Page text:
Cookie is a relatively new term for me. I grew up calling those small, flat, crumbly, cakey, rich, dense, baked goodies “biscuit”. As it appears, outside of North America, cookies are mostly known as biscuits in the rest of the world. Whether you call these delicacies “cookie” or “biscuit”, these are special treats. I made these special semolina-coconut cookies with cardamom and rose-water for R’s pediatrician’s office during the Thanksgiving week. The cookies are great as gifts during the holiday season or anytime of the year. We packaged the cookies in a nice tray and wrapped with some ribbons before delivering as a token of love and to show gratitude for the excellent care the doctor and the staffs provide to our daughter.
I hope all of you in the US had a wonderful Thanksgiving and those outside of the US a fabulous weekend. The Monday after Thanksgiving can be a little rough for some. After an extended weekend, fabulous food, time with friends and family, trying to get back to the regular weekly routine can be difficult. Thankfully and hopefully, there were leftovers.
I am very pleased to announce that I am hosting Bake Fest #26 for the month of December. It is the month where everyone is baking cookies, cakes and many holiday favorite dishes, so everyone has something to participate. I hope most of you will take part. Vardhini of Cooks Joy has maintained the Bake Fest for almost 2 years now and is going a great job at it.
What about giving the sweet potatoes a savory treatment? Roasted until tender and slightly caramelized, then tossed in crushed red chili, sliced onions, green pepper, Parmesan cheese and some panch foron. Baked again, creating a wonderfully balanced sweet-savory, aromatic side dish. Hold on. What? Bengali aromatic five spice, panch foron, in a gratin that originated in France? Tantalizing, right?
Colorful fairs, laughter, special cultural and ceremonial festivities flourish in the country to greet the harvest season. The rural Bangladesh dresses in gold. The glitters of the newly harvested golden rice bring life to fullest and smile on every faces in Agrahayon (a.k.a Ogrohayon).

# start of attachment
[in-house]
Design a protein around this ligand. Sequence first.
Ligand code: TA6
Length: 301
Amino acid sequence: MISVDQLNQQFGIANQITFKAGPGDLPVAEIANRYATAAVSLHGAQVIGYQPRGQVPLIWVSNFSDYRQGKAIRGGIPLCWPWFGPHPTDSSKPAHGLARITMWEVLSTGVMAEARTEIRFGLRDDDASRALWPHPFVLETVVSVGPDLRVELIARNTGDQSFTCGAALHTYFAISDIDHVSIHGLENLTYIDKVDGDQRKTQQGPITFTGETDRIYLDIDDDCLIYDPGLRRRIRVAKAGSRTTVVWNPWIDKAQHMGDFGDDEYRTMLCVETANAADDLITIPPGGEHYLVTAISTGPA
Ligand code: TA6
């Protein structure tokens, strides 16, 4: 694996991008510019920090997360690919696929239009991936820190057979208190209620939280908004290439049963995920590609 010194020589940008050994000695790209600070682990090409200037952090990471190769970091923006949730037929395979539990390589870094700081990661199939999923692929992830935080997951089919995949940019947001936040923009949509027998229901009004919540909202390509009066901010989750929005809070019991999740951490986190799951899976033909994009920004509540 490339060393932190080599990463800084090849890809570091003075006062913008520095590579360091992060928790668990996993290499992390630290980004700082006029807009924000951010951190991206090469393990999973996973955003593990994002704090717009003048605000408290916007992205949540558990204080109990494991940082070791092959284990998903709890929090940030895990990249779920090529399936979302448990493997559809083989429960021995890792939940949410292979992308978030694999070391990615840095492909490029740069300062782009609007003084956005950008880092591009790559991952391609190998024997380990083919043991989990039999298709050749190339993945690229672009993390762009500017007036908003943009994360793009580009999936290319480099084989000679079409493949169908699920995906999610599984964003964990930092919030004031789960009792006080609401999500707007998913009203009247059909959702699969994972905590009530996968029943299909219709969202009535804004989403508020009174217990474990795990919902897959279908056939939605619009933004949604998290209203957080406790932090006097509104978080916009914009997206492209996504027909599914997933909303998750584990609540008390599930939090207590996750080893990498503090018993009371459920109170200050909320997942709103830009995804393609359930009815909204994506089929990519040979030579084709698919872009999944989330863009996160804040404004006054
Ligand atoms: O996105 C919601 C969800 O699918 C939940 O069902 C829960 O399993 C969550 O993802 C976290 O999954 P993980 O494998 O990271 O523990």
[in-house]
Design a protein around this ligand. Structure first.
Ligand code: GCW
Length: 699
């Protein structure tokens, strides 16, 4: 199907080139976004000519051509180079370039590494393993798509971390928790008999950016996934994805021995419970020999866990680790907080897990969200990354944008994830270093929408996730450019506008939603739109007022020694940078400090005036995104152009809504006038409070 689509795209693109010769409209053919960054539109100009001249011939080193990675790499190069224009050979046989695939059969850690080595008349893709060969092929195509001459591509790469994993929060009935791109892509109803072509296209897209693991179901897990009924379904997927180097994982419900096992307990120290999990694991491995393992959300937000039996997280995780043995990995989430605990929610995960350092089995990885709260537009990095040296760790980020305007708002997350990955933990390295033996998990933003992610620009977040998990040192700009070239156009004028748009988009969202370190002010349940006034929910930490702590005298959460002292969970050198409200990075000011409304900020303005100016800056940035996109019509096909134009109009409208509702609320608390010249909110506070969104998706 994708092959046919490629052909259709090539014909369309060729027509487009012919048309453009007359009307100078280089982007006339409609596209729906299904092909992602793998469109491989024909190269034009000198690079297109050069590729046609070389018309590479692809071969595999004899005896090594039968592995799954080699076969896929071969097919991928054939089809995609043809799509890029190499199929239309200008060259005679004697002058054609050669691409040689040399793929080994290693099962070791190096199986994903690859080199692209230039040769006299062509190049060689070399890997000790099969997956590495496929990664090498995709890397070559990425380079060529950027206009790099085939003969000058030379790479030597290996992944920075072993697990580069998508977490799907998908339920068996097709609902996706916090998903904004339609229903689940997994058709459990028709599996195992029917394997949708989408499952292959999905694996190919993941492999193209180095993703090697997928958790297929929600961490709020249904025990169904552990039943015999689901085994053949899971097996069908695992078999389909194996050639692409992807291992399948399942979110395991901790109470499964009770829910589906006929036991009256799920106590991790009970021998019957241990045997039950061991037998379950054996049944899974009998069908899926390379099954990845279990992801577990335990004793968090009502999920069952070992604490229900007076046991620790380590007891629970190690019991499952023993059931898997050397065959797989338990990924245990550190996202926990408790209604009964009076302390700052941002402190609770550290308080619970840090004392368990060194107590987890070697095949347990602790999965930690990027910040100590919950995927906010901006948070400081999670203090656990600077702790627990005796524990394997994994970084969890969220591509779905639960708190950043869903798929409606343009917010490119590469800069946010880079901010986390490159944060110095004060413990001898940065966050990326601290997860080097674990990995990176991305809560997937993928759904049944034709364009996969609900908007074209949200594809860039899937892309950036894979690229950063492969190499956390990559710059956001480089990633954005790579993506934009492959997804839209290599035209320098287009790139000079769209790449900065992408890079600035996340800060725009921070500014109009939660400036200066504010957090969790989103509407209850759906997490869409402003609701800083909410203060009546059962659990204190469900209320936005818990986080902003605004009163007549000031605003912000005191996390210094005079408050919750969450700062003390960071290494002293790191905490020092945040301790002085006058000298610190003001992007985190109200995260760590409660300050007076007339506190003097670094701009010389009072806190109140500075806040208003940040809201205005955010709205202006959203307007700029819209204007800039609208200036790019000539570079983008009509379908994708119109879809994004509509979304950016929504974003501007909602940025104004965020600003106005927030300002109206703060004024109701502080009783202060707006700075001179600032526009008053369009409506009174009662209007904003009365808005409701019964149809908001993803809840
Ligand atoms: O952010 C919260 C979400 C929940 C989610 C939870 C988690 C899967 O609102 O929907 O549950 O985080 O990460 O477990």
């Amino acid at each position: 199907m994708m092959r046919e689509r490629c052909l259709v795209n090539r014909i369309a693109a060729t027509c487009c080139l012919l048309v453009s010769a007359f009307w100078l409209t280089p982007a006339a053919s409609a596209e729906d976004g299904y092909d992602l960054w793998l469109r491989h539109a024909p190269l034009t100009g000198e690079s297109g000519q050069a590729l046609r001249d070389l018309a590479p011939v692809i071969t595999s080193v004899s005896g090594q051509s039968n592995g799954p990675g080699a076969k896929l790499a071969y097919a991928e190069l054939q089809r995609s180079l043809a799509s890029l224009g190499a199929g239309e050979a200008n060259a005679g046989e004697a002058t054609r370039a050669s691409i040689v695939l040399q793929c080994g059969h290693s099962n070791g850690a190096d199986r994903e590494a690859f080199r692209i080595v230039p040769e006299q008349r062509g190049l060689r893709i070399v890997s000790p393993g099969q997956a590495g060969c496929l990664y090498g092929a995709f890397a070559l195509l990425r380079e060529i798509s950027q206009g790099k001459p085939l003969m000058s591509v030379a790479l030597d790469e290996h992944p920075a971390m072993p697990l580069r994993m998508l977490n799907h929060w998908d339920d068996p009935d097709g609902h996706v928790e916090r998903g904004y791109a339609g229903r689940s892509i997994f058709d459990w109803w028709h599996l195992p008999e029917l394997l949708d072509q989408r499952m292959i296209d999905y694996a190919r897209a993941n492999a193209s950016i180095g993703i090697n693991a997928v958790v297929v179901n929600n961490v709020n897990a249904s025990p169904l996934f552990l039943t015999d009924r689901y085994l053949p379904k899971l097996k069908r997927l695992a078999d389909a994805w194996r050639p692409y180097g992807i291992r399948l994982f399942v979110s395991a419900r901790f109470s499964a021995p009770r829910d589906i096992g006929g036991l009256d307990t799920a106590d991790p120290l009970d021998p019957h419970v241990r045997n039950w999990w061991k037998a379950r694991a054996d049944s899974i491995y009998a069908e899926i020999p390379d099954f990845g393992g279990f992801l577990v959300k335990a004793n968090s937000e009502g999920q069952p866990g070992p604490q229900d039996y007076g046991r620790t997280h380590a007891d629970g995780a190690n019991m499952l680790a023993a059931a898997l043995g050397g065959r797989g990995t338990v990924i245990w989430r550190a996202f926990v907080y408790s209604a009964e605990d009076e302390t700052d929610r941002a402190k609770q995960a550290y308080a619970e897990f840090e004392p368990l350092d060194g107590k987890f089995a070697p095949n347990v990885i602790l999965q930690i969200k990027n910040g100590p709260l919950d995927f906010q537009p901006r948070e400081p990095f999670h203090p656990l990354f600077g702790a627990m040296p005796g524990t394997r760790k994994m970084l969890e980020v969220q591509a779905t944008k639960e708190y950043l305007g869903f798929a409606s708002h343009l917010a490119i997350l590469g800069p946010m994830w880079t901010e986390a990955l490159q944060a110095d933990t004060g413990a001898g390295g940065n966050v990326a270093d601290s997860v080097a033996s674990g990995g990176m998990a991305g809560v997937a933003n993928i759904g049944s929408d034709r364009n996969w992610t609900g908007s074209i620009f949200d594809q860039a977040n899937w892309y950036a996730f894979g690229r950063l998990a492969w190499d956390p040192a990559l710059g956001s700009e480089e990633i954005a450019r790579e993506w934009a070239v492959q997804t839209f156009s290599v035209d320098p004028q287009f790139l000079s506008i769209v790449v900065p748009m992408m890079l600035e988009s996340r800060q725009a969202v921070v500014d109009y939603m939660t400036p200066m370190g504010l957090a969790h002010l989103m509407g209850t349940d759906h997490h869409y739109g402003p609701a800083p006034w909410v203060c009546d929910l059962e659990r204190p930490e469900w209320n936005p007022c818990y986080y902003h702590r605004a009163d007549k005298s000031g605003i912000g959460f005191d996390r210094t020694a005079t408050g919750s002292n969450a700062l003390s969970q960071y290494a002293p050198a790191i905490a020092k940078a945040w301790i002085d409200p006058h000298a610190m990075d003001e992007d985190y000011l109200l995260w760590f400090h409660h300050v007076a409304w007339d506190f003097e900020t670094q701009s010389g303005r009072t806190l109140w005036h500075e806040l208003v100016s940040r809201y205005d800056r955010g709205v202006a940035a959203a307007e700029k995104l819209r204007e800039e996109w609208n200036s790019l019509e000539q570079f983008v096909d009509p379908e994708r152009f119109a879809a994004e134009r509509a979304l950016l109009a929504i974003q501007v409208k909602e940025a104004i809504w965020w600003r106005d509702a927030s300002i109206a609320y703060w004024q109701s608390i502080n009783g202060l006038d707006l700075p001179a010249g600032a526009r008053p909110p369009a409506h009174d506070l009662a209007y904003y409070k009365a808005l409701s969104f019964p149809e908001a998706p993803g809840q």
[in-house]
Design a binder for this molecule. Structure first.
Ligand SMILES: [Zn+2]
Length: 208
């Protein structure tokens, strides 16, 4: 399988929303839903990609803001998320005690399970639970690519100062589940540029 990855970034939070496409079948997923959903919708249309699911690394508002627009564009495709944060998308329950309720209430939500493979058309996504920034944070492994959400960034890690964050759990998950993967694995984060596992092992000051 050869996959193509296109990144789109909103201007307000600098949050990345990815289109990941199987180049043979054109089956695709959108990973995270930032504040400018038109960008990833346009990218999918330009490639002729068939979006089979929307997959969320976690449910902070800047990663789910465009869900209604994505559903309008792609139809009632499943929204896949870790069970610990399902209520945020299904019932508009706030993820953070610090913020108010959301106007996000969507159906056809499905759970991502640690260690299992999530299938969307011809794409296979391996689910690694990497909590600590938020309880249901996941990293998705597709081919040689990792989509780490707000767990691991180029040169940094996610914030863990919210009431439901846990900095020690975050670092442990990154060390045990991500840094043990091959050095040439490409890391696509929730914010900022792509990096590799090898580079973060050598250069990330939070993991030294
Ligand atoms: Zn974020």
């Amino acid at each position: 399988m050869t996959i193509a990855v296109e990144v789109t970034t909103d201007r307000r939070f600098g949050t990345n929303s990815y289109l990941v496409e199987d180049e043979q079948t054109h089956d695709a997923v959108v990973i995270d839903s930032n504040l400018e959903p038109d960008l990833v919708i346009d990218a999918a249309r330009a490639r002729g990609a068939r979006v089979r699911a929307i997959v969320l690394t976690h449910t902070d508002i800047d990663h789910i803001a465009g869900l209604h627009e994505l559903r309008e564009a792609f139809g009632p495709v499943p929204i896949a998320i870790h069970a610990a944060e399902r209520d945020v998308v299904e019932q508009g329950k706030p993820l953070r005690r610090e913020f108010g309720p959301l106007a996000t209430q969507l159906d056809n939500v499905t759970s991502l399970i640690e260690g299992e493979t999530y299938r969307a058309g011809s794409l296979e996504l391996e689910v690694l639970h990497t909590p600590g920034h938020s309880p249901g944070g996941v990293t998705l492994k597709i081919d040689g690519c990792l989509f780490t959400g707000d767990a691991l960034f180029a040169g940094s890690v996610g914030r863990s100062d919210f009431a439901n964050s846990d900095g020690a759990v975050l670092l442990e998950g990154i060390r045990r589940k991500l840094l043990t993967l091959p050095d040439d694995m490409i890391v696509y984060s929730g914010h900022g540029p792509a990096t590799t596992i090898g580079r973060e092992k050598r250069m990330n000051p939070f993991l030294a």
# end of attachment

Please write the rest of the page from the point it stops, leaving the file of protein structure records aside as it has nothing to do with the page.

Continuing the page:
Agrahayon, which started on November 17 in the Gregorian calendar this year, is the eighth month in the Bengali calendar. The month marks the beginning of traditional harvest festival of Nabanna/Nobanno. In Bengali, Nobanno means “New Crop”. In the agro-based country Bangladesh, the main crop, rice, is harvested in the month of Agrahayon. Truly, a joyful time in the rural Bangladesh as farmers brings their livelihood home.
Highlighting another pitha of Bangladesh – moog pakon, gluten free, dairy free, protein rich fried dumplings soaked in cardamom and cinnamon infused syrup presented by Tunazzina of Twisted chef T. I came across Tunazzina through a Bangladeshi cooking Facebook group. She is sweet, thoughtful and very kind. She selflessly polices some of our creation on the internet. For more than once she identified few thieves who were using my photos and recipes with out giving any credit back to the blog or me. I am ever grateful to her for that. Let’s see which pitha she is presenting us today.
Before I started blogging, or even before I ever thought of starting a blog, I loved cooking. Naturally, this love led me to join few cooking groups on Facebook. I came across many foodies through the Facebook group and Khadiza stood out from out of the 10k+ members. Her recipes are authentic, flavorful and delicious. Her personality is humble and helpful. Couple years ago she started her own Facebook cooking group and it is one of the most successful cooking groups for Bangladeshis. Recently, Khadiza started her own blog, Khadiza’s Kitchen featuring mouthwatering, authentic, Bangladeshi cuisine.
Dal, daal, dahl whatever you call it, it is just too good of a food engineered by nature. Dal is a generic word used in the Indian subcontinent to describe the preparation of various dried pulses such as lentil, peas, mung bean, and other dried beans. Dal is like an empty canvas and you build on according to your choice and taste. With just few spices or just salt, onion and garlic, dal never fails to provide consolation or a feeling of well-being, a comfort food at its best.
Bakarkhani(also called Bakorkhani, Bakharkhoni) breads are legendary and have been in existence in Dhaka from around the middle of eighteenth century. A legendary, sad love story between Aga Bakar and Khani Begum inspired the naming of the bread. Baked in a large tandoor oven(earthen oven) the bakarkhani is puff pastry like layered, thin, crisp bread. Best served during tea time or breakfast, the Bakarkhani melts in the mouth in each bite. The bread is also served with kababs often.